Biden expected to pick Merrick Garland as attorney general

Garland, 68, had been nominated to the Supreme Court by President Barack Obama.

January 6, 2021, 12:56 PM

President-elect Joe Biden is expected to name Judge Merrick Garland to serve as his attorney general, multiple sources familiar with the transition told ABC News Wednesday, marking one of Biden's final and most significant Cabinet appointments prior to his inauguration on Jan. 20.

Garland, 68, serves as the chief judge of the U.S. Court of Appeals for the D.C. Circuit and had been nominated to the Supreme Court by former President Barack Obama to fill the vacancy left by Justice Antonin Scalia. But he was never given a confirmation hearing by the Republicans in the Senate, who held the vacancy open for President Donald Trump to fill.

In addition to Garland, Biden is also expected to name former Homeland Security adviser Lisa Monaco as his deputy attorney general and Vanita Gupta, the former head of the Civil Rights Division at the U.S. Department of Justice as his assistant attorney general, two sources told ABC News.

Garland's anticipated nomination comes as Democrats expect to take the Senate majority following the Georgia Senate runoff races, which would likely pave the way to a smoother confirmation process for Biden’s nominees. A simple majority in the Senate is needed for confirmation.

PHOTO: Vice President Joe Biden congratulates Judge Merrick Garland after he was nominated by President Barack Obama to the Supreme Court in the Rose Garden at the White House, March 16, 2016 in Washington, D.C.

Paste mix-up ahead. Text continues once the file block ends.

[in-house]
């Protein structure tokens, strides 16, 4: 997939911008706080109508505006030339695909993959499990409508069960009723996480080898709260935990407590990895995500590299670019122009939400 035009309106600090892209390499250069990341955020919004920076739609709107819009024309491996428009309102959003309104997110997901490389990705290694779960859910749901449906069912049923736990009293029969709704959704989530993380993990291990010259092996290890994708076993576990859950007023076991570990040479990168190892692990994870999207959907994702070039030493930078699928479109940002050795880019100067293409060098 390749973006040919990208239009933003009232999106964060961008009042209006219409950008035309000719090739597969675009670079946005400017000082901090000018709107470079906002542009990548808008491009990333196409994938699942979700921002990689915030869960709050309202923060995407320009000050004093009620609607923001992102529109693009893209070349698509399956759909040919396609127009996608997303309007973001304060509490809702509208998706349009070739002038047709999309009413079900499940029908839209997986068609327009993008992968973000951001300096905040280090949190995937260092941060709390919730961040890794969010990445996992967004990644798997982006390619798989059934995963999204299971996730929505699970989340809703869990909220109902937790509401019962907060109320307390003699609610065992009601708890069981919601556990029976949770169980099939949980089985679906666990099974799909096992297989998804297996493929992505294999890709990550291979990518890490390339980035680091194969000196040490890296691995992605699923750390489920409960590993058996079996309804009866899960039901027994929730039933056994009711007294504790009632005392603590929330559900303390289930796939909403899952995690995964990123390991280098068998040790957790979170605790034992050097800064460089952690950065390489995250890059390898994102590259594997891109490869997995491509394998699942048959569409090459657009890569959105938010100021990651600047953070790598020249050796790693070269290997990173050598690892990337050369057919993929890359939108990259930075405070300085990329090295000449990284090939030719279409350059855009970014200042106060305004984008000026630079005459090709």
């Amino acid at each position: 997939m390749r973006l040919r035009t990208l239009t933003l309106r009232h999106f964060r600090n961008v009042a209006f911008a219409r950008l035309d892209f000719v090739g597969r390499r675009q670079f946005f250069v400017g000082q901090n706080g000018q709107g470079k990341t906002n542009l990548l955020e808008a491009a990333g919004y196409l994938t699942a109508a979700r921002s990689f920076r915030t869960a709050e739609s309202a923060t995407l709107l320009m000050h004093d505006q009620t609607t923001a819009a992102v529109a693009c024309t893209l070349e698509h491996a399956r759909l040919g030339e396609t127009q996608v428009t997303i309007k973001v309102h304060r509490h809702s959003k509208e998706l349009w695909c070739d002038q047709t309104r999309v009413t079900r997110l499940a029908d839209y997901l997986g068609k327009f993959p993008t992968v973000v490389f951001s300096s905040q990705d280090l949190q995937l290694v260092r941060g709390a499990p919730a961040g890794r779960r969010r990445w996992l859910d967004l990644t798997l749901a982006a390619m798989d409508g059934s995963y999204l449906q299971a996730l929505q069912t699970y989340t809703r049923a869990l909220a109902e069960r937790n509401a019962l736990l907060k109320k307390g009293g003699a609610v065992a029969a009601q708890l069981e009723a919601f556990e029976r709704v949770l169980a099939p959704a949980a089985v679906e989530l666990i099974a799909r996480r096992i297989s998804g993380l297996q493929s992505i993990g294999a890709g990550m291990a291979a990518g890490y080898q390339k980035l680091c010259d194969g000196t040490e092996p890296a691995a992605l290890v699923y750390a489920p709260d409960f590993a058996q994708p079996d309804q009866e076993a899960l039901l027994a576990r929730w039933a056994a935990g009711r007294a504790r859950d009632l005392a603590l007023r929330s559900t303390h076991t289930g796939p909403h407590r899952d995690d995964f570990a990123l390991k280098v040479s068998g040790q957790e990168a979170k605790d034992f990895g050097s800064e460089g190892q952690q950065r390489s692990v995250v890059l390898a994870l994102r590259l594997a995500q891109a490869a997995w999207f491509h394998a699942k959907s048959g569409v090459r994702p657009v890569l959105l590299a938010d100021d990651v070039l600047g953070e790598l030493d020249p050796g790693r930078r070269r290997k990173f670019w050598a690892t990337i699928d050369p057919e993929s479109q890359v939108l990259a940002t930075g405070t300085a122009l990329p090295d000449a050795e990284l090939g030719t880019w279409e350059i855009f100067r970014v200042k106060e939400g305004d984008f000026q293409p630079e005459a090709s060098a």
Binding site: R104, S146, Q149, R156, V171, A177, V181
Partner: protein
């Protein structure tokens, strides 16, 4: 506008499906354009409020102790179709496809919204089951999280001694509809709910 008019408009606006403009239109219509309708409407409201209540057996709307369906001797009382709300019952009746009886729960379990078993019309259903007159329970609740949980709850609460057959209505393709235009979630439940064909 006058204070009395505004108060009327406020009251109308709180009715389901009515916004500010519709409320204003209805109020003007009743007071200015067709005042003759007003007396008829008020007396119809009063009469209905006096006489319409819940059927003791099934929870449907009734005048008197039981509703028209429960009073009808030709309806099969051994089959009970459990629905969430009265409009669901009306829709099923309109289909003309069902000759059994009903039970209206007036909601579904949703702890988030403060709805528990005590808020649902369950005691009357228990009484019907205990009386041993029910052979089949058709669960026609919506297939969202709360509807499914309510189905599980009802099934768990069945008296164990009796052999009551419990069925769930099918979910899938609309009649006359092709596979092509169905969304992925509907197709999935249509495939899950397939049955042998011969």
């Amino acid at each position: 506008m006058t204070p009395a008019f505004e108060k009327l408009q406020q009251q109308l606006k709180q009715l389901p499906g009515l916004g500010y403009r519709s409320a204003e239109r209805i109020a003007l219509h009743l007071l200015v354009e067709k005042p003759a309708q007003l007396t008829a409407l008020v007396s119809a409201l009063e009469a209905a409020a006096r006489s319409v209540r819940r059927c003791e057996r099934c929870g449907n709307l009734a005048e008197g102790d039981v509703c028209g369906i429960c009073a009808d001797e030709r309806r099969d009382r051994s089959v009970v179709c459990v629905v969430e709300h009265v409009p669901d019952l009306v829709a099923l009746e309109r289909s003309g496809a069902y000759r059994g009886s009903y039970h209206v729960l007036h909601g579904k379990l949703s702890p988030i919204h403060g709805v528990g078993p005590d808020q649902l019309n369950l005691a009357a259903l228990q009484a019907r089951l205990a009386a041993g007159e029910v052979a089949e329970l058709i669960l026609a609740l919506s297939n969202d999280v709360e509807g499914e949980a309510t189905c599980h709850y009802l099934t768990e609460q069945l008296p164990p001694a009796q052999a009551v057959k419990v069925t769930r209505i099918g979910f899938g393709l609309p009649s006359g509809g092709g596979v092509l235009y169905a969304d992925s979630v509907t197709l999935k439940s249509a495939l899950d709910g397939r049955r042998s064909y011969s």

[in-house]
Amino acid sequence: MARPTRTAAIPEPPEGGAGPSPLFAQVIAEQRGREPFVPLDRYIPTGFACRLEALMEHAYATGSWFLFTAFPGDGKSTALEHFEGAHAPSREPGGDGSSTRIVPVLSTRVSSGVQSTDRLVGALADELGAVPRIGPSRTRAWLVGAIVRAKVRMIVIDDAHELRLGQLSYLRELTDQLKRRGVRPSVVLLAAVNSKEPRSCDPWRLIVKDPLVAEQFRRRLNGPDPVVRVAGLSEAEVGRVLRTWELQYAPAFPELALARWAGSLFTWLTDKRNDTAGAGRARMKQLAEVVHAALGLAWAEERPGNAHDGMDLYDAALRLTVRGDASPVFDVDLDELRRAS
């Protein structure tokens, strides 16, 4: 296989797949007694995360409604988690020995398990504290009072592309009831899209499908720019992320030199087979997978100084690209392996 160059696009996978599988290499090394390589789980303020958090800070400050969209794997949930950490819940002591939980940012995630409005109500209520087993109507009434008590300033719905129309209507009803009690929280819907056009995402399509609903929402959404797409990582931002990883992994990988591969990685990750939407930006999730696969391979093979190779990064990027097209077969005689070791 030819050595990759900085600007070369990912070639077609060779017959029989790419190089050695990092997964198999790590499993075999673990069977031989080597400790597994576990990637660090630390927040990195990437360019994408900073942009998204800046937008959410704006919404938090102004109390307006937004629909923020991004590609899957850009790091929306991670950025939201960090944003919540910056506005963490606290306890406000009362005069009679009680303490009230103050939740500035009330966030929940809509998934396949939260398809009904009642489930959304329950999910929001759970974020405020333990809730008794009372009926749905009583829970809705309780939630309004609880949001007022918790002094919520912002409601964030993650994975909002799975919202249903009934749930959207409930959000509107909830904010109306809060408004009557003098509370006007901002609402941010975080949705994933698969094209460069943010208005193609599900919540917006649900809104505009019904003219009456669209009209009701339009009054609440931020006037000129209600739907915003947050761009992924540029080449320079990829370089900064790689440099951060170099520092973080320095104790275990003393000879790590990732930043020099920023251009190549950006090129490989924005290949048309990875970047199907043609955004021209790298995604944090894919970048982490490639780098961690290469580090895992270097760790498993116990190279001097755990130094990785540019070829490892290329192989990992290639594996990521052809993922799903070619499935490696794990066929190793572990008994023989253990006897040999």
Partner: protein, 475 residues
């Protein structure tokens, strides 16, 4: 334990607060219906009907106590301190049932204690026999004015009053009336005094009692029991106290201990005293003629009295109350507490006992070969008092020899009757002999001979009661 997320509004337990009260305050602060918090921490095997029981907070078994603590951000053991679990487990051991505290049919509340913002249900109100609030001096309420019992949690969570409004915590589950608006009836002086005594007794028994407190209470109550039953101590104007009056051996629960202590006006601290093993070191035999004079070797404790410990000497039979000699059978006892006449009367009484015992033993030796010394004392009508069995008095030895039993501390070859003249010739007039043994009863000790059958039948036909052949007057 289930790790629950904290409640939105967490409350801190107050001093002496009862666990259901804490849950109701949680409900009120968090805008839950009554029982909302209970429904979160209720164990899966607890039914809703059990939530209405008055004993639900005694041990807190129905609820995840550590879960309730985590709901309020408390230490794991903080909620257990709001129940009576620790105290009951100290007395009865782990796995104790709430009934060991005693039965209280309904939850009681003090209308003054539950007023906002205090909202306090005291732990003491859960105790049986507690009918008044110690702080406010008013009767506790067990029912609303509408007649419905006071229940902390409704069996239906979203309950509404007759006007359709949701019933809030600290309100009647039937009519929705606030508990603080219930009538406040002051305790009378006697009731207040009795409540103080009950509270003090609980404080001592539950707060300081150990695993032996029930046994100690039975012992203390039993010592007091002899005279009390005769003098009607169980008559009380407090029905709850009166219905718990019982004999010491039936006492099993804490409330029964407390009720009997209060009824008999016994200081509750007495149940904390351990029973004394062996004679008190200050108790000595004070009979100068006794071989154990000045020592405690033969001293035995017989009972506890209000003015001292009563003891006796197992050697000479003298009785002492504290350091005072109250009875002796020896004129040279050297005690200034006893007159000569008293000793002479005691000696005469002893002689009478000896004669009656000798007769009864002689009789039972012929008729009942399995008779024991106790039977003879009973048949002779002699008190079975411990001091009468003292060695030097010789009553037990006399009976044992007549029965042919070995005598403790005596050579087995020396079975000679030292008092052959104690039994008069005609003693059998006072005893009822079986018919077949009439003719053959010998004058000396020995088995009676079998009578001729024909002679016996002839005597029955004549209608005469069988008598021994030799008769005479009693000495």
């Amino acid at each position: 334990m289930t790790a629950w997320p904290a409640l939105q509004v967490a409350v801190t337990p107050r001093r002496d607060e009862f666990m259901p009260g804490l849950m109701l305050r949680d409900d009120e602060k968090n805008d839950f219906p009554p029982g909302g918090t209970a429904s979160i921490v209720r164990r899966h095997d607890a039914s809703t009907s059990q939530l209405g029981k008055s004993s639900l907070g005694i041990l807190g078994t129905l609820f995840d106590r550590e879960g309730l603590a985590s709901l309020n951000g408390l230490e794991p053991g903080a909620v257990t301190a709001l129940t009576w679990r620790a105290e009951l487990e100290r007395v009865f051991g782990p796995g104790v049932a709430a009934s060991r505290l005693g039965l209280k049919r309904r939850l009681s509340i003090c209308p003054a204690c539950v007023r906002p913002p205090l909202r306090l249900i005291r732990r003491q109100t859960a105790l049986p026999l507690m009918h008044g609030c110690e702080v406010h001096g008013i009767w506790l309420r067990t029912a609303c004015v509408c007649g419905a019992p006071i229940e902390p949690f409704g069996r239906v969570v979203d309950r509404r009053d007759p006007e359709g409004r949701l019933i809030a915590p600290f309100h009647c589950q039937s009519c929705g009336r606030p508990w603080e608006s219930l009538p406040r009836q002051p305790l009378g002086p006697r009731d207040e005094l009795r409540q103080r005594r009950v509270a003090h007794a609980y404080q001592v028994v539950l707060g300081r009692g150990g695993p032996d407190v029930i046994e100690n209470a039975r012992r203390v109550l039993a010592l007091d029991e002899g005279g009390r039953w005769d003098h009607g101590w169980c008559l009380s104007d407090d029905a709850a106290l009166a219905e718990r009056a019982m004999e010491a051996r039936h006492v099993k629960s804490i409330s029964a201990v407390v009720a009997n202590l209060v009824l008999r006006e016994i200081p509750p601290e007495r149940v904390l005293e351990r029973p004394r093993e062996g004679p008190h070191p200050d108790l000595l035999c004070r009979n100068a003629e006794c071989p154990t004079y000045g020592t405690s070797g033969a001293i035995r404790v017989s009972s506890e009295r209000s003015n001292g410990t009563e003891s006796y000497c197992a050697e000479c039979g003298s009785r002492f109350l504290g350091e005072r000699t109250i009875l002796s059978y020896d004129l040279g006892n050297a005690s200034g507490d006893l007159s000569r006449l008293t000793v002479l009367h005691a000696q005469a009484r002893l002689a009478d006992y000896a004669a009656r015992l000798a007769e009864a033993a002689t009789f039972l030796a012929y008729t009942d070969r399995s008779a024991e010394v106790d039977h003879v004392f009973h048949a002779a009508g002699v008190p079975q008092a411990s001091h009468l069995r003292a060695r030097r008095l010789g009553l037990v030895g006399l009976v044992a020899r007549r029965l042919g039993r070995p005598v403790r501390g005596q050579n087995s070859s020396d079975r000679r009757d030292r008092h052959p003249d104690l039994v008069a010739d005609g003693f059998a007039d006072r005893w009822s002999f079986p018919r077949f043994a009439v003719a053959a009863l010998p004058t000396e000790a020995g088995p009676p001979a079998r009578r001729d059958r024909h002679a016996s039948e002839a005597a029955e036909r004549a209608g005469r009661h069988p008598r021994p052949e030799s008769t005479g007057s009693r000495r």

Vice President Joe Biden congratulates Judge Merrick Garland after he was nominated by President Barack Obama to the Supreme Court in the Rose Garden at the White House, March 16, 2016 in Washington, D.C. President-elect Joe Biden has reportedly chosen federal appeals court judge Merrick Garland as his attorney general.
Chip Somodevilla/Getty Images, File

It would also give Biden and Senate Democrats the opportunity to replace Garland on what is considered the nation's second-highest court.

If confirmed, Garland will assume leadership over a department with more than 100,000 federal employees that repeatedly found itself at the epicenter of politically charged controversies during the Trump administration, in addition to being the target of a barrage of attacks from Trump himself.

In the role, Garland would be confronted with pressing challenges, including the task of overseeing the ongoing criminal tax investigation of Hunter Biden, Biden’s son.

Following the controversial tenure of former Attorney General William Barr, who was assailed by current and former officials in the department for his interventions in matters of direct interest to Trump, Biden has said he hopes to restore a wall of independence between the White House and DOJ headquarters.

“I promise you, my Justice Department will be totally on its own, making its judgments about how they should proceed,” Biden told reporters in December.

Jamie Gorelick, a former deputy attorney general and longtime friend and mentor to Garland, commended Biden on the expected nomination.

"Merrick Garland is the perfect person to lead the Justice Department at this moment. He fulfills Joe Biden's promise to return independence to the Department of Justice. He is an esteemed judge and has been for 23 years. But before that, he sat at every seat around the table at the Justice Department,” Gorelick said.

Garland previously served in the Department of Justice as deputy assistant attorney general for the Criminal Division and then as principal associate deputy attorney general, overseeing high-profile federal cases in the roles, including the Oklahoma City Bombing in 1995.

It remains to be seen how progressives and those calling on Biden to choose a person of color to lead the department that will spearhead criminal justice reform will view Garland’s expected nomination.

Before the news of Garland's expected nomination, Sen. Bernie Sanders (I-Vt.) expressed skepticism about Garland filling the role.

“I don't know Mr. Garland very well. But I think we could probably have a stronger progressive than him,” Sanders said on “This Week with George Stephanopoulos.”

ABC's Katherine Faulders, Benjamin Siegel, Mike Levin and Desiree Adib contributed to this report

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